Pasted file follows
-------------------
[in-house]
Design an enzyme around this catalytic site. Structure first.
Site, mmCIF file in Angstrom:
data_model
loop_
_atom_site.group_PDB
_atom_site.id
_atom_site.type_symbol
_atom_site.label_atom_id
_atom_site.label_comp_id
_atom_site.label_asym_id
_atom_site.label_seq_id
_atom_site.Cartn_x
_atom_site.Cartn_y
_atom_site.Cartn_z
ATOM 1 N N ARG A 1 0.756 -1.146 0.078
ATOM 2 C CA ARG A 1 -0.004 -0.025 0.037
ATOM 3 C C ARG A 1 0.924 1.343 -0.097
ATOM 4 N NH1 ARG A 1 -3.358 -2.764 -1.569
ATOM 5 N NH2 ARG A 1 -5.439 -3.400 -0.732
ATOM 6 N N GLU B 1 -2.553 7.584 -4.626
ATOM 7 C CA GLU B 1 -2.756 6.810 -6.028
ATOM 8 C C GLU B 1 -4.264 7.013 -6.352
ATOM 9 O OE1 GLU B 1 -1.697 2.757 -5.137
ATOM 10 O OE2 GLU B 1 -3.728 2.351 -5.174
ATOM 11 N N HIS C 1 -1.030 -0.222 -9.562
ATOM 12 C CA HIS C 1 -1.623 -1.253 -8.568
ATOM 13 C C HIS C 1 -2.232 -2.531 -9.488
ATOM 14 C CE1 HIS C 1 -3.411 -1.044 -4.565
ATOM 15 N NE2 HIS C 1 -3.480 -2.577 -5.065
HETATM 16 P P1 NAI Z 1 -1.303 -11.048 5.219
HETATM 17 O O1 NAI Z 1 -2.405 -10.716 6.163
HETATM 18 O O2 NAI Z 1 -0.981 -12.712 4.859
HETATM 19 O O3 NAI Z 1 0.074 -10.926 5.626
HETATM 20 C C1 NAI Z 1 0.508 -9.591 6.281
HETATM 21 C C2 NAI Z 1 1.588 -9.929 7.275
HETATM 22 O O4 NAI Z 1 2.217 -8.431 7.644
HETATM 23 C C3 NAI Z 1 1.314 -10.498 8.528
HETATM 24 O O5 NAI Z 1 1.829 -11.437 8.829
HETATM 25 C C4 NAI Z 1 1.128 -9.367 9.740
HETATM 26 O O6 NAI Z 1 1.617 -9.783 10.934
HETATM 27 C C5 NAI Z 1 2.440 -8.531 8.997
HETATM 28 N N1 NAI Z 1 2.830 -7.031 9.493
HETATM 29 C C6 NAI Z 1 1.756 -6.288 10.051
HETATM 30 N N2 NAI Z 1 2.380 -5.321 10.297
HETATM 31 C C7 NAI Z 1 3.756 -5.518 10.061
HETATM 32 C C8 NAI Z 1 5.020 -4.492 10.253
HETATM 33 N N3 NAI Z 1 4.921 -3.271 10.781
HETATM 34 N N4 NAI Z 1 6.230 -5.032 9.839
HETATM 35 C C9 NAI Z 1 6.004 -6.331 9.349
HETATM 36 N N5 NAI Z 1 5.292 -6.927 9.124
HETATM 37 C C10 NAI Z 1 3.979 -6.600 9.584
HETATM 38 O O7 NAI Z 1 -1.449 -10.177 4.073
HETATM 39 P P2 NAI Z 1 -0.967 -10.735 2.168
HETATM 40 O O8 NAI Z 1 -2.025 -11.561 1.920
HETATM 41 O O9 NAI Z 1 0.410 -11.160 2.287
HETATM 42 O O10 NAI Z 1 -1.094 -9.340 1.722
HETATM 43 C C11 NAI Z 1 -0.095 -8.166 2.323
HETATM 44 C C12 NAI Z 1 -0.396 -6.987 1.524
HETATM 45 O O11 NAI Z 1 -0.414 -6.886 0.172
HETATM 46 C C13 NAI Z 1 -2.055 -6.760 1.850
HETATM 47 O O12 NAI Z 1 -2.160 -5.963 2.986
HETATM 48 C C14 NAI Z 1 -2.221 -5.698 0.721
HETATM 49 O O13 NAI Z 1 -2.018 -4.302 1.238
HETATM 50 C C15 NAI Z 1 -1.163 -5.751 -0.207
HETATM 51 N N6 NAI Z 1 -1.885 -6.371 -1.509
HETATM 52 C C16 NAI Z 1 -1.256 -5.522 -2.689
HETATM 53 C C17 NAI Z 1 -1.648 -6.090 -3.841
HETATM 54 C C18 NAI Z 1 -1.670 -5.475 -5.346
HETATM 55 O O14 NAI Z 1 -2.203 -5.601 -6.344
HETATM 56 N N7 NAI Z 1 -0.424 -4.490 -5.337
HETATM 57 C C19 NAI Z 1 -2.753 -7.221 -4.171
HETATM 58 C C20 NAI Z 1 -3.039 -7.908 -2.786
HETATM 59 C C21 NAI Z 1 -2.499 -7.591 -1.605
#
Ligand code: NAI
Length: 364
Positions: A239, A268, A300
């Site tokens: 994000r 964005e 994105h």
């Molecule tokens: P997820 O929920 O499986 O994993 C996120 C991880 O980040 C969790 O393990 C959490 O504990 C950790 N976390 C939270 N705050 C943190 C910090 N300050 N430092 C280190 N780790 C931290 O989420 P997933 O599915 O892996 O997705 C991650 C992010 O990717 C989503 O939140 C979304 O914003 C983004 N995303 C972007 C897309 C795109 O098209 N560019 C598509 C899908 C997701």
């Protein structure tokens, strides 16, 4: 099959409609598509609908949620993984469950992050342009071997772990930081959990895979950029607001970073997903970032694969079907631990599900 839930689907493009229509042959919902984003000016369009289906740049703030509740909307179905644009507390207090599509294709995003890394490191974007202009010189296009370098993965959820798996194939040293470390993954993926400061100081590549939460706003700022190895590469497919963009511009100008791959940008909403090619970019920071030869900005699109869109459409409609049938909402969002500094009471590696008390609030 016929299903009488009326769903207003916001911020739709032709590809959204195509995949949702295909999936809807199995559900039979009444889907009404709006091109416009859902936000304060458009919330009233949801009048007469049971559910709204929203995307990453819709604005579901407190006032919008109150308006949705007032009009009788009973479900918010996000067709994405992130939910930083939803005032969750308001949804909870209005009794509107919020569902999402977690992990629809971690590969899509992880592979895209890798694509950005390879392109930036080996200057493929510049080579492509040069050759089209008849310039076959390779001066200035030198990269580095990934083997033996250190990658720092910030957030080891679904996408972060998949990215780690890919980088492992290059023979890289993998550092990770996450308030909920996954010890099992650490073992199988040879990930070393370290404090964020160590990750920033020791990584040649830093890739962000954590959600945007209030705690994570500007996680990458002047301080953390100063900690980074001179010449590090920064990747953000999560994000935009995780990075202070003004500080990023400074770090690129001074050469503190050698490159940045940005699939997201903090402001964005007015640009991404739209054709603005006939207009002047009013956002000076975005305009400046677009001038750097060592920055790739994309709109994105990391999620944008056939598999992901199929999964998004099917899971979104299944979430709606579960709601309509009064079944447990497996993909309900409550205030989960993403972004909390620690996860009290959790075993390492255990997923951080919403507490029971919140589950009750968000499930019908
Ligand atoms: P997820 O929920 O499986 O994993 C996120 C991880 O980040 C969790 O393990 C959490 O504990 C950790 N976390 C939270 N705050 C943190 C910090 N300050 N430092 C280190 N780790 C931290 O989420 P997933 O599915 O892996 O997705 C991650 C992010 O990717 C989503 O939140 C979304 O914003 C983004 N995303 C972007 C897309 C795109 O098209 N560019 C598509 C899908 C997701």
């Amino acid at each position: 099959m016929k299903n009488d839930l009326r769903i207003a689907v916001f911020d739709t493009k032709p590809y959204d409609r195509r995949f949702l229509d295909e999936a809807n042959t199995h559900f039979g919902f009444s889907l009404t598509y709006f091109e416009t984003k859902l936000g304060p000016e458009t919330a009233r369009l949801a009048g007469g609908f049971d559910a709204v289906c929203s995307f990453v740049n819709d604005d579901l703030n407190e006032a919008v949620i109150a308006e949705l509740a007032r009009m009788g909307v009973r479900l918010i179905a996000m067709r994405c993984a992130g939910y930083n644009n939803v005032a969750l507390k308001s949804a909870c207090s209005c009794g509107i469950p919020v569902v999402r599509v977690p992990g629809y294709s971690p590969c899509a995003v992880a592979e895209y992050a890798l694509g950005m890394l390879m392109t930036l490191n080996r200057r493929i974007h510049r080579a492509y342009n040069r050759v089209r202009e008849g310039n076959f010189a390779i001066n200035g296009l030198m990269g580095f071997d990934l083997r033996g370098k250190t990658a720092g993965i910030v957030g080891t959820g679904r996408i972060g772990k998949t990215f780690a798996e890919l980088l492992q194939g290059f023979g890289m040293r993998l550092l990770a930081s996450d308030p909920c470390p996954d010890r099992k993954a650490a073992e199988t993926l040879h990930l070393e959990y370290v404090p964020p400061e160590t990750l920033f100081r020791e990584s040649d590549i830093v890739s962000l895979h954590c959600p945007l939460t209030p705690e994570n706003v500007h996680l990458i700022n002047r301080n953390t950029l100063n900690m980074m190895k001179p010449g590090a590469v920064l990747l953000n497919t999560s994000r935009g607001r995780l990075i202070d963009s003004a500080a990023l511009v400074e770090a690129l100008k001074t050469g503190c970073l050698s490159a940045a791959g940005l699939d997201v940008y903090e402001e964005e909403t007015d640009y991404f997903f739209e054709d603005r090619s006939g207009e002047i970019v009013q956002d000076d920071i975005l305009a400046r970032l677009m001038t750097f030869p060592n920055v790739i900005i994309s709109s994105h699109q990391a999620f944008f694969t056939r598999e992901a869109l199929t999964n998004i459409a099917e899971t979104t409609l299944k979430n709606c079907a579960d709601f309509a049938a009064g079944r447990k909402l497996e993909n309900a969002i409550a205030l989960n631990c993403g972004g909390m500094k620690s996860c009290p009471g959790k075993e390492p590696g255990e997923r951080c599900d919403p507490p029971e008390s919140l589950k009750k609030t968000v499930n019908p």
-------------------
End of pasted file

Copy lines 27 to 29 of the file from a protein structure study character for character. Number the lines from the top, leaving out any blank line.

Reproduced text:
ATOM 12 C CA HIS C 1 -1.623 -1.253 -8.568
ATOM 13 C C HIS C 1 -2.232 -2.531 -9.488
ATOM 14 C CE1 HIS C 1 -3.411 -1.044 -4.565